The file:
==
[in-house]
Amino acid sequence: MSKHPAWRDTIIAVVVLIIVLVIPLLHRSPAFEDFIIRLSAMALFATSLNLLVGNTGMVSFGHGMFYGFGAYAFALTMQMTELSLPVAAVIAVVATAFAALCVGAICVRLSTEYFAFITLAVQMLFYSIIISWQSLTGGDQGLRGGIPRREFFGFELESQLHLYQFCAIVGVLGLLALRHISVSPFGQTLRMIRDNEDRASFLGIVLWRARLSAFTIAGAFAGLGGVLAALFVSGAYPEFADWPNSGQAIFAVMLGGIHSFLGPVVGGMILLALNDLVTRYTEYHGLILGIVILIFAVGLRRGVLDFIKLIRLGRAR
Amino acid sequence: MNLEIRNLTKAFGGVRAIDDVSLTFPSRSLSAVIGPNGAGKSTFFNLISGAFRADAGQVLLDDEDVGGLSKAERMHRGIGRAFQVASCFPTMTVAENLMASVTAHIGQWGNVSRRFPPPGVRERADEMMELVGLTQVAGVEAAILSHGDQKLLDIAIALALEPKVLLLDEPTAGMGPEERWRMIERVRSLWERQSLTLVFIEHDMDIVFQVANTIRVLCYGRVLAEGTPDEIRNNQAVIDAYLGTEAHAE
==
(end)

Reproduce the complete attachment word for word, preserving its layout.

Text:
[in-house]
Amino acid sequence: MSKHPAWRDTIIAVVVLIIVLVIPLLHRSPAFEDFIIRLSAMALFATSLNLLVGNTGMVSFGHGMFYGFGAYAFALTMQMTELSLPVAAVIAVVATAFAALCVGAICVRLSTEYFAFITLAVQMLFYSIIISWQSLTGGDQGLRGGIPRREFFGFELESQLHLYQFCAIVGVLGLLALRHISVSPFGQTLRMIRDNEDRASFLGIVLWRARLSAFTIAGAFAGLGGVLAALFVSGAYPEFADWPNSGQAIFAVMLGGIHSFLGPVVGGMILLALNDLVTRYTEYHGLILGIVILIFAVGLRRGVLDFIKLIRLGRAR
Amino acid sequence: MNLEIRNLTKAFGGVRAIDDVSLTFPSRSLSAVIGPNGAGKSTFFNLISGAFRADAGQVLLDDEDVGGLSKAERMHRGIGRAFQVASCFPTMTVAENLMASVTAHIGQWGNVSRRFPPPGVRERADEMMELVGLTQVAGVEAAILSHGDQKLLDIAIALALEPKVLLLDEPTAGMGPEERWRMIERVRSLWERQSLTLVFIEHDMDIVFQVANTIRVLCYGRVLAEGTPDEIRNNQAVIDAYLGTEAHAE